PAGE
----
Governance, in its essence, serves as the compass that guides organizations toward proper conduct and sustainable success. While it is sometimes seen as a framework for control and rule adherence, it goes beyond that, encompassing principles that promote effective resource utilization and equitable treatment of stakeholders. In this article, we delve into the nature of governance, focusing on the principles outlined by the Organization for Economic Co-operation and Development (OECD) and exploring its role in steering organizations towards their strategic objectives.

The Core Principles of Corporate Governance

The OECD has laid out a set of fundamental principles that constitute the backbone of corporate governance. These principles are designed to ensure that businesses operate in a manner that fosters transparency, accountability, and equitable treatment. Let’s delve into these principles to understand the nature of governance more deeply:

  1. Equitable Treatment of Shareholders: At the heart of corporate governance is the fair treatment of shareholders. This principle emphasizes that shareholders, regardless of their size or influence, should have their rights respected and protected. It is the bedrock upon which trust in an organization is built.
  2. Disclosure and Transparency: Transparency is a cornerstone of good governance. Organizations must provide accurate and timely information about their financial performance, ownership, and governance structures. This transparency not only builds trust but also empowers stakeholders to make informed decisions.
  3. Responsibilities of the Board: The board of directors plays a pivotal role in governance. They are entrusted with the task of overseeing the organization’s strategic direction and ensuring its ethical and legal compliance. The board’s fiduciary duty lies not just with the company but also extends to its shareholders.
  4. Strategic Guidance: Governance is not just about maintaining the status quo; it’s about providing strategic direction. Effective governance involves the board reviewing and guiding the corporate strategy, aligning it with the organization’s long-term goals and values.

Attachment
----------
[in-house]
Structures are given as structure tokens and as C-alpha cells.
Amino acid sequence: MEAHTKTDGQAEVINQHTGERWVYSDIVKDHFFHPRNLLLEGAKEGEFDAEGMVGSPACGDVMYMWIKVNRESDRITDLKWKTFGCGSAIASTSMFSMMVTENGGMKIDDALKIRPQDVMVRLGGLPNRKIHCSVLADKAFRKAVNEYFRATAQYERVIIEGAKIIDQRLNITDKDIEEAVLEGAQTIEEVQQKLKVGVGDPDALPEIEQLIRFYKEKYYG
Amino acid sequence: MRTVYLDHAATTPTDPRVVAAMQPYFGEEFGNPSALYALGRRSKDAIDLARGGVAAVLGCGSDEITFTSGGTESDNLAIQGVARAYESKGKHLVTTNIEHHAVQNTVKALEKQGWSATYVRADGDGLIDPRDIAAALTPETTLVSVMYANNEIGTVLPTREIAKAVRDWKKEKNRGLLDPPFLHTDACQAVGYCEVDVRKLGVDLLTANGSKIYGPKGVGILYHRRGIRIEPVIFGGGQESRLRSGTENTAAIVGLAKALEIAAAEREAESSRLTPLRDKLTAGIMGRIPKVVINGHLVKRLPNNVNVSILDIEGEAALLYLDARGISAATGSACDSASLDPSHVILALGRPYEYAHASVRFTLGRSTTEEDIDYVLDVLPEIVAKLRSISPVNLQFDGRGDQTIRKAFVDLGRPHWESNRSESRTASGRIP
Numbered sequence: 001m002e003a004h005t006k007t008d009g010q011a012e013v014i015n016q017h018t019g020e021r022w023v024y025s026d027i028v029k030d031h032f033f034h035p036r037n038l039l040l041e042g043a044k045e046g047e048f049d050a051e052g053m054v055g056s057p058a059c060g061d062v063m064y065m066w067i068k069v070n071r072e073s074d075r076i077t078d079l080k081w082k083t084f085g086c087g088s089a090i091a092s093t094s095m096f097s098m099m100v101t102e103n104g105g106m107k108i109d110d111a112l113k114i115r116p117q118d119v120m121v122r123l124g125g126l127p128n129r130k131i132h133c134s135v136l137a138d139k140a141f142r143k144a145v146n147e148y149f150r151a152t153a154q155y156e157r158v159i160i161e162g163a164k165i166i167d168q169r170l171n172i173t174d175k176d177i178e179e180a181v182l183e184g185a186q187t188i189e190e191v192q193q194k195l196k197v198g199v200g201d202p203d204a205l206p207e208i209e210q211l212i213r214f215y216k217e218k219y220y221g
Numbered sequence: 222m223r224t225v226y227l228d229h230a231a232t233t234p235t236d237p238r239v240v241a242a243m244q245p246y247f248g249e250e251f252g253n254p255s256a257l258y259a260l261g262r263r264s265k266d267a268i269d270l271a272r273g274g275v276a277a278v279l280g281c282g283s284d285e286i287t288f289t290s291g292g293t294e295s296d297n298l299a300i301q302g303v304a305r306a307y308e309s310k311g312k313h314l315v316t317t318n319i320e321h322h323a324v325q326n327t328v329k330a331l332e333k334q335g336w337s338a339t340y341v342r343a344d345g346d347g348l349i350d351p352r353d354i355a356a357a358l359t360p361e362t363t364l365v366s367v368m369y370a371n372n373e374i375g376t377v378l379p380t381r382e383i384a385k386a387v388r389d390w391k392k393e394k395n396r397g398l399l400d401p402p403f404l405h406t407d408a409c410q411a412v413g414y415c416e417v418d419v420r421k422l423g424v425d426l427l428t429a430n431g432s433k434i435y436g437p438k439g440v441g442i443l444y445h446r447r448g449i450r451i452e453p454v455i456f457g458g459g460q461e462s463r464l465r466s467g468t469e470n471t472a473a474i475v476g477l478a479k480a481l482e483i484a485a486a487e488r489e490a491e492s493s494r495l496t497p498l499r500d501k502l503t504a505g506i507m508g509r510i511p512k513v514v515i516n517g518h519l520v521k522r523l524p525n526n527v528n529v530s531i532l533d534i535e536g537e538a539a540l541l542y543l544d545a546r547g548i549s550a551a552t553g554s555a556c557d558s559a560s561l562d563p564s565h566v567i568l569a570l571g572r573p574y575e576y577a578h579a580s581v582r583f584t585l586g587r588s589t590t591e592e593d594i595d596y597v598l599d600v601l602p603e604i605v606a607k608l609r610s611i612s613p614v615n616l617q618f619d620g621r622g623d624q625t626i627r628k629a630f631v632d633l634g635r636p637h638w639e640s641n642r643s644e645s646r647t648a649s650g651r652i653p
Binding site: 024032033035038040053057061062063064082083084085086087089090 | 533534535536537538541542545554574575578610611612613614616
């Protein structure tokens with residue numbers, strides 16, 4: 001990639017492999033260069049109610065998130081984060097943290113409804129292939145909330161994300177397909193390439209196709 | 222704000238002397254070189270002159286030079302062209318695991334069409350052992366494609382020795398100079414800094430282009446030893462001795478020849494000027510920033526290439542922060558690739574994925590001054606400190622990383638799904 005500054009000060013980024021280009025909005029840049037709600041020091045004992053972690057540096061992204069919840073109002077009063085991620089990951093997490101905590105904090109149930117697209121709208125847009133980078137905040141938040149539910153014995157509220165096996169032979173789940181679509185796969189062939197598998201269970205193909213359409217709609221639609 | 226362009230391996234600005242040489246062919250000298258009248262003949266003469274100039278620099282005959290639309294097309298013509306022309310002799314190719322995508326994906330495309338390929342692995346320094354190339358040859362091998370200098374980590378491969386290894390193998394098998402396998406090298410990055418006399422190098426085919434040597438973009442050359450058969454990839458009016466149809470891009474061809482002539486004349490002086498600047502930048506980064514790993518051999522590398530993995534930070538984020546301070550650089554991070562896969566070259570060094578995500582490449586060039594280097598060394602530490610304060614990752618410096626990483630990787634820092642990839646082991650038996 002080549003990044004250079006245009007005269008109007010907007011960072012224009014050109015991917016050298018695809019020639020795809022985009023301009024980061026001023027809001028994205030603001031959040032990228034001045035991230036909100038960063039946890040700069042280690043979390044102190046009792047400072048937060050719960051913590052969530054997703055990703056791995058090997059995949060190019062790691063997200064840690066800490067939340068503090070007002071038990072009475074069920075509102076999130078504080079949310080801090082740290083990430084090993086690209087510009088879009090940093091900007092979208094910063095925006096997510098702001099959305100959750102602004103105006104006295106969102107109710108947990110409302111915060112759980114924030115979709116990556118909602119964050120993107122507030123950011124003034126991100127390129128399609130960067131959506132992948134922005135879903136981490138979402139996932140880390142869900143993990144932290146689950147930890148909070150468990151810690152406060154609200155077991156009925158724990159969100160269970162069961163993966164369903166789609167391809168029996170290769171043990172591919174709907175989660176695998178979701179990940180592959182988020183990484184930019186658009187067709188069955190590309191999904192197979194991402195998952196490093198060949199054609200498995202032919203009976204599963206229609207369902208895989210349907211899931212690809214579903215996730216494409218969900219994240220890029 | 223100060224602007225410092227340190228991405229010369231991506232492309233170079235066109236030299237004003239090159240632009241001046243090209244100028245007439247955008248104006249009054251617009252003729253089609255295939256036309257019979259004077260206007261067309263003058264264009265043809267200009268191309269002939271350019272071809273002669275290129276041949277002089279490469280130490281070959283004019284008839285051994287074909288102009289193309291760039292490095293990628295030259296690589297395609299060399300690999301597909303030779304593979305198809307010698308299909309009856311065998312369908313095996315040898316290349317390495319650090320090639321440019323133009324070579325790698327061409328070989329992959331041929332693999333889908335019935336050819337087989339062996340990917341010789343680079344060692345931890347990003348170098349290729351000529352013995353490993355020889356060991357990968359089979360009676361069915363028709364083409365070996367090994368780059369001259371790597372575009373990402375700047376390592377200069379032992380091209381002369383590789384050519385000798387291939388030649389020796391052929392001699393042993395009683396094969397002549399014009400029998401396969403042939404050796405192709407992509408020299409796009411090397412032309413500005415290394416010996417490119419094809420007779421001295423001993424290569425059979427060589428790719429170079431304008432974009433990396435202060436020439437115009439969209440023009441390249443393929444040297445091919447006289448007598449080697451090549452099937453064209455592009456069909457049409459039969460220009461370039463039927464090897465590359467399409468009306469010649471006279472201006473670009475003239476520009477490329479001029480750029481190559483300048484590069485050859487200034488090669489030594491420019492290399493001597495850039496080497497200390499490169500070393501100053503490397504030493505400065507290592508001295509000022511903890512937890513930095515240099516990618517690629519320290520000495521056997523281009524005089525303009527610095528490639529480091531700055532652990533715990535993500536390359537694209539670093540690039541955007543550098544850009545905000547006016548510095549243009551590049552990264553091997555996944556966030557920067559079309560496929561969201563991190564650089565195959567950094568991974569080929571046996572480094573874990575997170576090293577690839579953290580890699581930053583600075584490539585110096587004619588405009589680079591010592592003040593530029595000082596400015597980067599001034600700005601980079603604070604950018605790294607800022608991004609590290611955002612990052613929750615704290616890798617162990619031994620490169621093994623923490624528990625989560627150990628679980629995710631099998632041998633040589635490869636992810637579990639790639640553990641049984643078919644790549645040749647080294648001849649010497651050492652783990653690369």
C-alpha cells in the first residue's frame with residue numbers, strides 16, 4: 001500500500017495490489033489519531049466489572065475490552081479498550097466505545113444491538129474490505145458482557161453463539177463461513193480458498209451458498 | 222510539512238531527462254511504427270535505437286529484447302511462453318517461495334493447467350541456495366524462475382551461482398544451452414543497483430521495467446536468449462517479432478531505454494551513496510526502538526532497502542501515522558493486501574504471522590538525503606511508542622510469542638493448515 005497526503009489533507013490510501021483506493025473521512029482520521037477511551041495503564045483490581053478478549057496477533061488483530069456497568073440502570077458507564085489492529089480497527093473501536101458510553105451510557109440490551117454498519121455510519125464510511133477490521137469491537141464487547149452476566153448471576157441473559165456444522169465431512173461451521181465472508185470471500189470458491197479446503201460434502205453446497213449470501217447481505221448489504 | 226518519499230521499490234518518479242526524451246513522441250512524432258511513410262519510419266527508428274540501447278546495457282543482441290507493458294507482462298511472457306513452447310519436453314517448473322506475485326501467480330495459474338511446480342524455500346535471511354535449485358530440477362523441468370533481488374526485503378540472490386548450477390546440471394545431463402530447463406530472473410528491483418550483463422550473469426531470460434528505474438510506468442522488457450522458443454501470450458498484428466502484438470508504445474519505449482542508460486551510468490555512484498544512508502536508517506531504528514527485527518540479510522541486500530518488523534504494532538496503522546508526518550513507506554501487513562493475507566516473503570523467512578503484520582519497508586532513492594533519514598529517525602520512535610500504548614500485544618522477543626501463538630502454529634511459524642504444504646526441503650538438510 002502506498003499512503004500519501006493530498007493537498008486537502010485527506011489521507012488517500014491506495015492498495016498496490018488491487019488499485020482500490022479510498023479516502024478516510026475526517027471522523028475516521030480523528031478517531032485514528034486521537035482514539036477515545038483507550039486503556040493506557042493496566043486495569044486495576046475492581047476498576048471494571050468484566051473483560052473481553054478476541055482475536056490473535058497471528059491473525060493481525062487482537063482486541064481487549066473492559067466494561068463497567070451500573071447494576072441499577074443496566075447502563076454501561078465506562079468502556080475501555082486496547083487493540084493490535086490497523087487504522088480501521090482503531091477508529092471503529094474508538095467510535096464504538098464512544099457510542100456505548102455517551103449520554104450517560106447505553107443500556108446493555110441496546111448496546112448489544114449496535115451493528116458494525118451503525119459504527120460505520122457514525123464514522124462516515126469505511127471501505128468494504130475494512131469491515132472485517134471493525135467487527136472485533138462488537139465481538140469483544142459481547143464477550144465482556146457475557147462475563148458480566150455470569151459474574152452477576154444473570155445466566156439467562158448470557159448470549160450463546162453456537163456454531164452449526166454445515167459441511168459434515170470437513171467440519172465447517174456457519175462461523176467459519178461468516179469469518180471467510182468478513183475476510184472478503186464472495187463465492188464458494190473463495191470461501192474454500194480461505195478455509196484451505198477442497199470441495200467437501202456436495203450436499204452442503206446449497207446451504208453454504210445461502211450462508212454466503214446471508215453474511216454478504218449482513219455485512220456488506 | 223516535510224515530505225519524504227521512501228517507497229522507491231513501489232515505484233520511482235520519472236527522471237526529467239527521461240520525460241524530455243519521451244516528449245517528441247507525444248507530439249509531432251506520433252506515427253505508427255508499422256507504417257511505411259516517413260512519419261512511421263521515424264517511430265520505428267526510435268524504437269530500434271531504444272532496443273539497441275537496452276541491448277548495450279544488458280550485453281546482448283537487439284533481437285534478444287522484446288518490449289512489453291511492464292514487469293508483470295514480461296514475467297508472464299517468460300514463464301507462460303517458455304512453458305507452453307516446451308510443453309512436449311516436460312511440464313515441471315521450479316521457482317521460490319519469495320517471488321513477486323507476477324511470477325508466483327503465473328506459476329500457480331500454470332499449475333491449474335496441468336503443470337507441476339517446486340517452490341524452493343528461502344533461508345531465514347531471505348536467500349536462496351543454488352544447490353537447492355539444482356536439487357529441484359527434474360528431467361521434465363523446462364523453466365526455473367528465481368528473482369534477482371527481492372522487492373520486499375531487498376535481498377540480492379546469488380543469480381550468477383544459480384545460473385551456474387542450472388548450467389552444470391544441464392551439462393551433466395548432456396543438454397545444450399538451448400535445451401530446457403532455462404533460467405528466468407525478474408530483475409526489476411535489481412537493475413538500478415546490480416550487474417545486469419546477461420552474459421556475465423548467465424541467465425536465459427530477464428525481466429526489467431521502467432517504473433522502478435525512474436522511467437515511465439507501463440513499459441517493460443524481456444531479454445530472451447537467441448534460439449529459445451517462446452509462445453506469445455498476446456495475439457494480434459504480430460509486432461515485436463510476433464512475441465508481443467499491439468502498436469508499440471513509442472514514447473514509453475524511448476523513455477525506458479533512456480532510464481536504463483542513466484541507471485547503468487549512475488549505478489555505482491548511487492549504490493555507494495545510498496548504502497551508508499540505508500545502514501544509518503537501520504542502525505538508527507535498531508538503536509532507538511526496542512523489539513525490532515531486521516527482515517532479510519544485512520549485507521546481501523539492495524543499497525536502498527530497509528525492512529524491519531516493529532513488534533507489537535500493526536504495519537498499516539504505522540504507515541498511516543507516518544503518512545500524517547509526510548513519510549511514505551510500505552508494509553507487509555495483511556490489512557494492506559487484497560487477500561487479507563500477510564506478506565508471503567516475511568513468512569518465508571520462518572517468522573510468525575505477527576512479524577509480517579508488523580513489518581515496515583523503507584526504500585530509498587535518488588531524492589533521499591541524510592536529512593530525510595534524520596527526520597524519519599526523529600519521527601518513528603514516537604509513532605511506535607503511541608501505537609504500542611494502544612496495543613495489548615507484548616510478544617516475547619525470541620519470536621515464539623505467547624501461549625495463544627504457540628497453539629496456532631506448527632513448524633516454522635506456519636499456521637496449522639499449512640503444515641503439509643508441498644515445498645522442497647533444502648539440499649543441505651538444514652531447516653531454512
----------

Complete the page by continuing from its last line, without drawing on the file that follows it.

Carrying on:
5. Monitoring Management: The board serves as a watchdog, ensuring that management’s actions are in line with the organization’s objectives. Through regular evaluations and monitoring, governance helps mitigate risks and ensures that the company is on the right track.
  6. Board Accountability: Accountability is a central tenet of governance. The board is accountable to both the company and its shareholders. This means that they must answer for their decisions and actions, fostering a culture of responsibility.

The Traditional View of Governance

To gain a deeper understanding of governance, we can turn to the OECD’s definition: “the system by which business corporations are directed and controlled.” This definition highlights that governance is not just about isolated decisions but is a systemic approach to managing an organization. It delineates the distribution of rights and responsibilities among various participants within the corporation.

Furthermore, the OECD definition emphasizes that governance goes beyond setting objectives; it also encompasses the means to attain those objectives and the mechanisms for monitoring performance. In essence, governance provides the structure and framework that helps organizations navigate their path to success while adhering to ethical, legal, and responsible practices.


In conclusion, the nature of governance is multifaceted, encompassing principles that ensure organizations conduct their affairs properly and sustainably. It is not merely about control but also about guidance, transparency, and accountability. As organizations strive to achieve their strategic objectives, effective governance serves as the compass that steers them on the right course, fostering trust among stakeholders and laying the foundation for long-term success.

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